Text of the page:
Learning History

I came from a generation where History was taught in lower secondary school as a compulsory subject. I remember my history teacher vivdly. I could remember her slouching posture as she sauntered into the classroom, her squinty eyes behind thick glasses and her murmuring from the textbook. Her lesson was undeniably one of the most boring one but surprisingly, I did well for the subject. My husband on the other hand failed his history miserably.

I credit my good History grade to my ability to memorize and rote learn, my husband on the other hand, hated to memorize anything.

I could memorize 5 essays and spit everything out on the day of the exam (provided I memorized the right essays). Unfortunately today, I couldn’t remember a thing I learned during my history lessons.

For a long while, I questioned the relevance of learning History. Why would anybody need to know about William Faquhar and Sir Stamford Raffles ?

It was not until much later did I understand how history has shaped the world we are living in today. From hard sciences to philosophy and politics. If you think that you have thought of something new, look into history and chances are that someone has probably thought about it before.

Even so, I wasn’t convinced that a 9 year old kid will be able to appreciate or see the relevance.

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9 months ago, I found out that the schools here teach History in elementary school. I was prepared for Malcolm to be like me, not remembering a thing he learned, or hating the subject like his Dad.

I couldn’t be more wrong. history turned out to be one of Malcolm’s favourite subjects.  He knows more about history here than Singapore’s and I could imagine him telling the story of Alabama over a cup of kopi-O or teh-O siu dai

So what happened?  What was wrong with my premise? Why was I proven so wrong?  I realised two things

First, the teachers explained to the kids how history has shaped life here today.

Malcolm found it fascinating that the ocean levels changed and allowed ancient peoples to cross the Bearing land bridge and migrate all the way to America.

He found it interesting that one of the first White Houses of the Confederate States is still standing in here.

The teacher explained to them how water gushing naturally out of artesian wells led to the forming of a town near us, and how you can still get free and fresh drinking water today from these wells.

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They brought them for field trips to historical places to reinforce what they learned and visit the traces of history. In class, the lessons are conducted in an interactive manner where students get to speak up and share their experiences. It was never purely worksheets or memorizing facts from the textbook.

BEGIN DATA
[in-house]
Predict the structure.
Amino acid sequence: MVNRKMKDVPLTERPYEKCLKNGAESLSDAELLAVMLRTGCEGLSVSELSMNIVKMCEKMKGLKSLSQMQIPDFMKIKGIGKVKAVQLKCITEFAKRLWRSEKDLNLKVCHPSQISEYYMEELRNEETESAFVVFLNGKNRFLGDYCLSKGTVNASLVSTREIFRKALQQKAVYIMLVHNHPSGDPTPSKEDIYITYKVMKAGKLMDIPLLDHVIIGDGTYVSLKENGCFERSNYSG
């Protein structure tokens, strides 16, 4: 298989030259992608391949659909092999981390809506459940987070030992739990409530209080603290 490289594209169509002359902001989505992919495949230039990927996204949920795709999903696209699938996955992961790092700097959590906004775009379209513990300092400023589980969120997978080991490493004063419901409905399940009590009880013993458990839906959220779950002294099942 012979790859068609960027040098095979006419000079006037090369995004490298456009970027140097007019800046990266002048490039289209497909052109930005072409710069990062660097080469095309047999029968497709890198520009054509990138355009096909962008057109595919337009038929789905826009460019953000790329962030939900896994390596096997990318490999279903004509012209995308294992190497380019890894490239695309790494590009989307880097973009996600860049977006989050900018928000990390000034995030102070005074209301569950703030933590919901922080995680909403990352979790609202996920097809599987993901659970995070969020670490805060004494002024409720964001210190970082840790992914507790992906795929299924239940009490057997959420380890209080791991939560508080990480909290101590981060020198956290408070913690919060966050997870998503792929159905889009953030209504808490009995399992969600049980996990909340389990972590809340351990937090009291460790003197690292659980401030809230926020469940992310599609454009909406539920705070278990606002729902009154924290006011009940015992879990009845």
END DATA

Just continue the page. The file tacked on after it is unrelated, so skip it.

Teaching history without explaining or discussing its relevance to the present day encourages children to rote learn.  At best, they would do well in exams like me but have no inkling as to why they are learning history.  As worst, they would turn disengage and give up that subject altogether.

The second thing I realised was the teachers provided an interesting environment to learn history.  Who would have thought that craft and play could be used to teach history?

I wouldn’t.

I remember thinking long and hard on how History could be taught so that kids would find it interesting. I came to the grim conclusion that there probably isn’t a way. It has to be a boring subject through and through. Which kid would care about what happen hundreds or thousands of years before him ?

So I was wrong.

While they were learning about the native American tribes, the class was split into 4 groups and they were given sticks, twigs, tape and craft paper. The students brought scraps from home and they built replicas of the structures and weapons of the various tribes.  By doing so, they imagined, they created and they internalised what they learned from the textbook.

Bottom line, it was fun and that was the best way to learn, even for a subject such as History.

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An engaging teaching plan will go a long way to spur the students’ interest in history and I was dastardly wrong that teaching history to a 9 year old is a waste of time.

I think that most Singaporeans, including me, do not have a healthy enough respect for their own history and how knowledge of our own history could empower us.

‘Study the past if you would define the future’ ~ Confusius 

I think that the first place that we should start to remedy this is in school. We should teach history in school and we need to teach it the right way.


A Pictorial Of Our Weekend

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Woke up to this beautiful sight. Some said they are dogwood, some said they might be almond blossom like the ones Van Gogh painted. I am still trying to find out.